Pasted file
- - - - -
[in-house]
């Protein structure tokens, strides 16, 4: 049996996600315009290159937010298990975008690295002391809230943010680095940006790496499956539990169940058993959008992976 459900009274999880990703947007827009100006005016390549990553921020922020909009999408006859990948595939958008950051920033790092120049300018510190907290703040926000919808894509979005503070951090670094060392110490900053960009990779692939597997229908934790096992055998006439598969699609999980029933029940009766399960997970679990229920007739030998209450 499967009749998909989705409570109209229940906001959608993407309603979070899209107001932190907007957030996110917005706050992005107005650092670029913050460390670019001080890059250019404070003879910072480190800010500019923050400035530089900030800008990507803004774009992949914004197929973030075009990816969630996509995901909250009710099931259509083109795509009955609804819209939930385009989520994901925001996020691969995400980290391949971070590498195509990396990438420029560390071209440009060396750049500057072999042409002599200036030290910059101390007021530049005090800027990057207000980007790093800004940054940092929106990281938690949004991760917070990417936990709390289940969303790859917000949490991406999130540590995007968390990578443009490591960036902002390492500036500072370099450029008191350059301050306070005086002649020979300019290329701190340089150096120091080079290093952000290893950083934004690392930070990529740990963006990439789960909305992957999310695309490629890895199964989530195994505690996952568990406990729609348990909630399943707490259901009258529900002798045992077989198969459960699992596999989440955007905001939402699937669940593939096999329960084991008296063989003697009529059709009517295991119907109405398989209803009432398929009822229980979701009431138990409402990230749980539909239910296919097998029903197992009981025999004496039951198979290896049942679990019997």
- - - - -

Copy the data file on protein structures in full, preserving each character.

[in-house]
């Protein structure tokens, strides 16, 4: 049996996600315009290159937010298990975008690295002391809230943010680095940006790496499956539990169940058993959008992976 459900009274999880990703947007827009100006005016390549990553921020922020909009999408006859990948595939958008950051920033790092120049300018510190907290703040926000919808894509979005503070951090670094060392110490900053960009990779692939597997229908934790096992055998006439598969699609999980029933029940009766399960997970679990229920007739030998209450 499967009749998909989705409570109209229940906001959608993407309603979070899209107001932190907007957030996110917005706050992005107005650092670029913050460390670019001080890059250019404070003879910072480190800010500019923050400035530089900030800008990507803004774009992949914004197929973030075009990816969630996509995901909250009710099931259509083109795509009955609804819209939930385009989520994901925001996020691969995400980290391949971070590498195509990396990438420029560390071209440009060396750049500057072999042409002599200036030290910059101390007021530049005090800027990057207000980007790093800004940054940092929106990281938690949004991760917070990417936990709390289940969303790859917000949490991406999130540590995007968390990578443009490591960036902002390492500036500072370099450029008191350059301050306070005086002649020979300019290329701190340089150096120091080079290093952000290893950083934004690392930070990529740990963006990439789960909305992957999310695309490629890895199964989530195994505690996952568990406990729609348990909630399943707490259901009258529900002798045992077989198969459960699992596999989440955007905001939402699937669940593939096999329960084991008296063989003697009529059709009517295991119907109405398989209803009432398929009822229980979701009431138990409402990230749980539909239910296919097998029903197992009981025999004496039951198979290896049942679990019997």